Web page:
Bulletproof glass lines the counter of a deli in Philadelphia.
Philadelphia is a step closer to getting rid of bullet-proof glass in the small companies, as part of a larger effort to crack down on loitering, public urination, and possible drug sales — but it’s triggered reaction of the shopkeepers.
The city’s public Health and Human Services Committee passed a bill that makes it possible for Philadelphia the Department of Licenses and Inspections for the control of the bullet-proof barricades that are between the customers and the cash register near a lot of convenience stores, according to Fox 29.
“No setting is required for obtaining a Large Establishment license … shall build or maintain a physical barrier that requires that the people where the food for the opening of a window or other opening, or to pass the food through a window or other opening, on to the food to a customer within the establishment,” the bill states. It also calls for a larger establishments have a bathroom for customers.
Many of the hundreds of deli-owners the feeling that they are selected and to be among those who protest against the bill, according to Fox 29.
“If the glass comes down, crime will rise and there will be many dead,” Rich Kim, the owner of Broad Deli, which sells soft drinks, food and beer by the can, it said. “The most important thing is the security and public safety.”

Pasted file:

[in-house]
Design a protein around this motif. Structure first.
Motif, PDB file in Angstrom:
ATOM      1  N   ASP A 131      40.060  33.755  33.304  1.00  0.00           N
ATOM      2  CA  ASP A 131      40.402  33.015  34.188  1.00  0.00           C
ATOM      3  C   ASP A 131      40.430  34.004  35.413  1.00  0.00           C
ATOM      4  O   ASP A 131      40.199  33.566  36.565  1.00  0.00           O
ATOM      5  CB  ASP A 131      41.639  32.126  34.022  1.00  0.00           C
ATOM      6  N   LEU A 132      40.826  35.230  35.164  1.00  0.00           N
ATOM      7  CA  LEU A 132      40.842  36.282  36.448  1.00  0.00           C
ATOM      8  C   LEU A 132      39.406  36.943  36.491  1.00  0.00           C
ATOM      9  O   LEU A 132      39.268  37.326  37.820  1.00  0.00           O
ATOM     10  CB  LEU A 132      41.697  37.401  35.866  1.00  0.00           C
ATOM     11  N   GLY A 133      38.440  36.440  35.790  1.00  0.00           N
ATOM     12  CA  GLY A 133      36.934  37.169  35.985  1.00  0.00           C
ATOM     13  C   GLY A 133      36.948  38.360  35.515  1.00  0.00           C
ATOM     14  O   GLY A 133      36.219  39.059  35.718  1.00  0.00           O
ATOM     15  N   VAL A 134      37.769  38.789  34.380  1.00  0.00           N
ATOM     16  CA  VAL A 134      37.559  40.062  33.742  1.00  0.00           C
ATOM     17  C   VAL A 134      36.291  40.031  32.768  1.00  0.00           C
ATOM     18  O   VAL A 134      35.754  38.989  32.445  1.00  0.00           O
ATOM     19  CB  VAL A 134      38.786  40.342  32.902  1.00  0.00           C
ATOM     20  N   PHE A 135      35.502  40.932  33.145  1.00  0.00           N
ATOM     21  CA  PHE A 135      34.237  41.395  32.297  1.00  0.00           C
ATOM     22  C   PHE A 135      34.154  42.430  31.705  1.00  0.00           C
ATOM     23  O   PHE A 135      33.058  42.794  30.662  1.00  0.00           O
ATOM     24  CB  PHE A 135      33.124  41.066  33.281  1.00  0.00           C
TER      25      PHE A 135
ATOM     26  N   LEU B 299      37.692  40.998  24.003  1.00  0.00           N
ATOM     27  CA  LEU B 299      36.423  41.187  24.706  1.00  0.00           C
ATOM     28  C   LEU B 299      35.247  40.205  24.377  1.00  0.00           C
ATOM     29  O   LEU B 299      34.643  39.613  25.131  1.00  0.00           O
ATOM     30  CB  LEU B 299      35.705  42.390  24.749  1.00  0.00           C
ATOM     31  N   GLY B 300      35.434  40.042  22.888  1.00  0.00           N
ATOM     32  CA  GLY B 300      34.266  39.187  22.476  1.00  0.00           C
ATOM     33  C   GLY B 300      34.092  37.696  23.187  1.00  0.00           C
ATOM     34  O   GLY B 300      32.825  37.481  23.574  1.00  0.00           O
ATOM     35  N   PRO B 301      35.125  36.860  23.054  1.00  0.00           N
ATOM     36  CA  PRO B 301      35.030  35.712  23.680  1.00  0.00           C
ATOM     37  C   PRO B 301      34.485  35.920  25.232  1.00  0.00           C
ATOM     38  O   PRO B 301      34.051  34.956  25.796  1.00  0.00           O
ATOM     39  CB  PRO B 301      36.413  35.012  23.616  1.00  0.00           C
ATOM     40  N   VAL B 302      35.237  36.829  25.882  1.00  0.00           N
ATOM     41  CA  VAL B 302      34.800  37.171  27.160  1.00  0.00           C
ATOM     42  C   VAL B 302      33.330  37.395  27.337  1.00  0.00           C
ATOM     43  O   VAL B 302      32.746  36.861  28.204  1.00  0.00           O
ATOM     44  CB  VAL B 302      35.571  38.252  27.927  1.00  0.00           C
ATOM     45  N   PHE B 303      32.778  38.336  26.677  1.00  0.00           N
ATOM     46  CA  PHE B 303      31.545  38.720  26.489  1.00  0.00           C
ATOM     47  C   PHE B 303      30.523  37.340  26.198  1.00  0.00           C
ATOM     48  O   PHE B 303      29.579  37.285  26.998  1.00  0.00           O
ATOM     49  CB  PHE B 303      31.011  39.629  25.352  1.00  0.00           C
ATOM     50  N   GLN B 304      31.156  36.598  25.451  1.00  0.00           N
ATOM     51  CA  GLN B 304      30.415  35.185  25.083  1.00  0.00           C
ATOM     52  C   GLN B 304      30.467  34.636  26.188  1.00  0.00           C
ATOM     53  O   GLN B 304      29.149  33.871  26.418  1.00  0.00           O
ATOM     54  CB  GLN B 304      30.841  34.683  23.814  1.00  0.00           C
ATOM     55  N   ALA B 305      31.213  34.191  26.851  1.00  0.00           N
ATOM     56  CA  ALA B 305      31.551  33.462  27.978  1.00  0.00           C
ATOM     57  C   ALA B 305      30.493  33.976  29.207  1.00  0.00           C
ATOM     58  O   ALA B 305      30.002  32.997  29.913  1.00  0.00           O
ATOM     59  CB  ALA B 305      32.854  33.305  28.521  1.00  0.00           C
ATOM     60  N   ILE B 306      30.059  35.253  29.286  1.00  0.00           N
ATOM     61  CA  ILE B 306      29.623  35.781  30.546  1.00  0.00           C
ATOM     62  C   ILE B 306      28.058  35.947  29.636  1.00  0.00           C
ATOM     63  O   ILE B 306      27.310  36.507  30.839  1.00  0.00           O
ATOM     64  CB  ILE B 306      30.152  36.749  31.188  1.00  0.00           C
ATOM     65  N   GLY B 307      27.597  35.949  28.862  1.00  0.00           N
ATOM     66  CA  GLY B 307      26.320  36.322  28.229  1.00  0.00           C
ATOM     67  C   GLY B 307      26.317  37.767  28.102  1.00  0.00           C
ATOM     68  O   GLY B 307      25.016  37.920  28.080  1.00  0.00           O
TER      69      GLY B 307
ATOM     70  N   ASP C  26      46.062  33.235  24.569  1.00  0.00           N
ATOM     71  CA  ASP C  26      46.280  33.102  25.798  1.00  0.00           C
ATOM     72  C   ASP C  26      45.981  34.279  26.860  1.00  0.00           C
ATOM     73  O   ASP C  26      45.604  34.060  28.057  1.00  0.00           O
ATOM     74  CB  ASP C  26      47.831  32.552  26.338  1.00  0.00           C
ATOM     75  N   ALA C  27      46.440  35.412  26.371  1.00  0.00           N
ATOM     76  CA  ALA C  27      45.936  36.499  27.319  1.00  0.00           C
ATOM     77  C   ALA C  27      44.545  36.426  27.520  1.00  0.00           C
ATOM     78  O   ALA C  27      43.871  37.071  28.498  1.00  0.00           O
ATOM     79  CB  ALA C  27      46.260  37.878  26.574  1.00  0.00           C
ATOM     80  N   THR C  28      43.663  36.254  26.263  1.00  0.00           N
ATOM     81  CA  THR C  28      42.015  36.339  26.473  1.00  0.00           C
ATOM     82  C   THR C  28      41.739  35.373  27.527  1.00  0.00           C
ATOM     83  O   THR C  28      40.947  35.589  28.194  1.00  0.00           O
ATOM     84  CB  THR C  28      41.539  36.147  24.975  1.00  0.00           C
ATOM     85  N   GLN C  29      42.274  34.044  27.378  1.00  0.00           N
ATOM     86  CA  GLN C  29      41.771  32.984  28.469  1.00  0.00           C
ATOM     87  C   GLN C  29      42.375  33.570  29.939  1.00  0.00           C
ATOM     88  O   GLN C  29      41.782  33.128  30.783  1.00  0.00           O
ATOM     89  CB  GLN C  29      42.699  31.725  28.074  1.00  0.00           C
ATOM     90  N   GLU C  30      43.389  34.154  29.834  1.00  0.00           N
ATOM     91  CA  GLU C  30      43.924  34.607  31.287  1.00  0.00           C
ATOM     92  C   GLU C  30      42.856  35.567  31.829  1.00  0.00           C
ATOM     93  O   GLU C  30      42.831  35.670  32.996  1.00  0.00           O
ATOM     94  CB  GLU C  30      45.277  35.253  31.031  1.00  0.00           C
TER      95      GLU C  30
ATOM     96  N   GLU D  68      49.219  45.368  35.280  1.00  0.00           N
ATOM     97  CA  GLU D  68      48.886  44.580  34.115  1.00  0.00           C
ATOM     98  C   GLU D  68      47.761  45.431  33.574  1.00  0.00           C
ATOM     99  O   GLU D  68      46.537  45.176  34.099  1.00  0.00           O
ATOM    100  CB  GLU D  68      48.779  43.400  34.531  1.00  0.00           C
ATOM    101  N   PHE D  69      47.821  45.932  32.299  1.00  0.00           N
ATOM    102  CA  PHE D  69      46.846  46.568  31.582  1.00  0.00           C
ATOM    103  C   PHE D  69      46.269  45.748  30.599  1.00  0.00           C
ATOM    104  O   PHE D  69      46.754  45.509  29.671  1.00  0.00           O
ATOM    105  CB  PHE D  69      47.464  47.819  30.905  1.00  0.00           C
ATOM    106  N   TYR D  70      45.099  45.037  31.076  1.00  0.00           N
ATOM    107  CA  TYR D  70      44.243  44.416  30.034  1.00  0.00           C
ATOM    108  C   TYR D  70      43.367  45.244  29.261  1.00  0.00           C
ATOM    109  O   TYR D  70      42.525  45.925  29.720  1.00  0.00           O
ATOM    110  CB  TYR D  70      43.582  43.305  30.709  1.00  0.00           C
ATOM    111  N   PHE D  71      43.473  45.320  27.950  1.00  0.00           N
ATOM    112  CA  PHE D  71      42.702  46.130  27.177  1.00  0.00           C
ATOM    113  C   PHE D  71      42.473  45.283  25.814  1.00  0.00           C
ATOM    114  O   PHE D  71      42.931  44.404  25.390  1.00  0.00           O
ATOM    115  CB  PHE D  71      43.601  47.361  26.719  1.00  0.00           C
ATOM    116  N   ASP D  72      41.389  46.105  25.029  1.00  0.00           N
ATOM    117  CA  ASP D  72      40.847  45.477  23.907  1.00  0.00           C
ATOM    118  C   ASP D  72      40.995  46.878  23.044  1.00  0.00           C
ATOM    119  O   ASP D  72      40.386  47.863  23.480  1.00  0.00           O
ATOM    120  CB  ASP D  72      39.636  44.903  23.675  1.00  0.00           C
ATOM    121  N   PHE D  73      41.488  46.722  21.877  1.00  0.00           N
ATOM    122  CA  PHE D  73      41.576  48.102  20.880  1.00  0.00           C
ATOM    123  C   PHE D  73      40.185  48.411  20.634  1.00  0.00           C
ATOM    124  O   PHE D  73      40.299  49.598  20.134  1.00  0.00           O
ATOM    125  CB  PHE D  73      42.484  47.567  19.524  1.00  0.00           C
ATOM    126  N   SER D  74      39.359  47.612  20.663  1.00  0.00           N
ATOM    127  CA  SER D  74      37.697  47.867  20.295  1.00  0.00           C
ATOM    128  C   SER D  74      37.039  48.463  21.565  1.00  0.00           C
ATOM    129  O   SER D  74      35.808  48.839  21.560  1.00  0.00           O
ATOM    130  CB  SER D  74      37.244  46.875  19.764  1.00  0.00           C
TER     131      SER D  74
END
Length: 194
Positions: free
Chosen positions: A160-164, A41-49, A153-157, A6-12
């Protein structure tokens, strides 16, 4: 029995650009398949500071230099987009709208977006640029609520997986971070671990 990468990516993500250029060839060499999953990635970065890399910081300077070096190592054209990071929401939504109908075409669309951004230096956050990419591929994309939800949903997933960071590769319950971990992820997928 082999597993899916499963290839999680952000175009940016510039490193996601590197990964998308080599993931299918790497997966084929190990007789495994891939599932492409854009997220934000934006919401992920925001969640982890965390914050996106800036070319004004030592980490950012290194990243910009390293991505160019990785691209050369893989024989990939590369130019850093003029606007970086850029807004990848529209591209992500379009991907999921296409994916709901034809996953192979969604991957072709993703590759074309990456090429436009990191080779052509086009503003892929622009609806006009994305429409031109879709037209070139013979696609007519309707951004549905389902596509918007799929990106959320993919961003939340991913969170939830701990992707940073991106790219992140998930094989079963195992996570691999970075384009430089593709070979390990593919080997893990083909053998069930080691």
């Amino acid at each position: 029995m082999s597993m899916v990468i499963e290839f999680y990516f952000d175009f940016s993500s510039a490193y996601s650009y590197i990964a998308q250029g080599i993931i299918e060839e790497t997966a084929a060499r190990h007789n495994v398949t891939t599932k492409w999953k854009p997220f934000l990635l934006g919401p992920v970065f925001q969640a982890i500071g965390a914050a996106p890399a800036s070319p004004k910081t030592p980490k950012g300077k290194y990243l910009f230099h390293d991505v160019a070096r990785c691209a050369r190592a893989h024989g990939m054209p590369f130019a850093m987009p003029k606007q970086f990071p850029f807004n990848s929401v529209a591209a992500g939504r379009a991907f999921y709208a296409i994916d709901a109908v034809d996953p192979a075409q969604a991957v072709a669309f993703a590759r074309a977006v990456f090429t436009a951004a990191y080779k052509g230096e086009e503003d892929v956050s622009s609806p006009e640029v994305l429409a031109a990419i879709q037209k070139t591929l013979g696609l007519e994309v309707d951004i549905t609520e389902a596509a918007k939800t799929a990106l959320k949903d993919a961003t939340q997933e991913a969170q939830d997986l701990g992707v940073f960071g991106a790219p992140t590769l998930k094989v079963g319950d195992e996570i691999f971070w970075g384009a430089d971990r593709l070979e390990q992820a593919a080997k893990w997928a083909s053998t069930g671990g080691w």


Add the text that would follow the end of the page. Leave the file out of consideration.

Kim said that the glass went up after a shooting and says that it saved his mother-in-law of a knife attack.
Fox News previously reported that the bill, brought forward by Councilwoman Cindy Bass, focuses on the “stop-and-go” shops, which act more like bars than restaurants they are licensed to be, the sale of beer and shots of liquor over the counter and attract the crowd that end up becoming a public nuisance, according to the lawmakers.
Pennsylvania state law states that businesses with restaurant licenses must regularly sell food and have tables and chairs to seat 30 people. But some companies keep their seat locked up or out of reach and the grills shut down, the sales of something more than alcohol and forcing customers to walk outside.
Bass told Fox News that “more than 90 percent of the cases they break the law in terms of operating outside the requirement of their license.”
Bass said the bullet-proof glass and partitions on a number of these companies is a concern of the city health department, if a customer is choking or having an allergic reaction, a barrier should not stand in the way of safety.
She is also focused on the security concerns. “Thousands of companies are active in the same areas with no Plexiglas,” she told Fox News, with the entry of stores like Rite-Aid and hair salons. “I have never been to a bar with a Plexiglas.”
Kim also objected to the assertion that the bill stems from the nuisance complaints of officials of the city received from the constituents, and said that asking the police often were met with slow responses.
The president of the Asian American Licensed Beverage Association of Philadelphia, which represents 217 ” beer delis in the city, also said that most of the companies addressed “in the not-so-safe neighborhoods.”
A full council vote is scheduled for Thursday, December 14, according to Fox 29.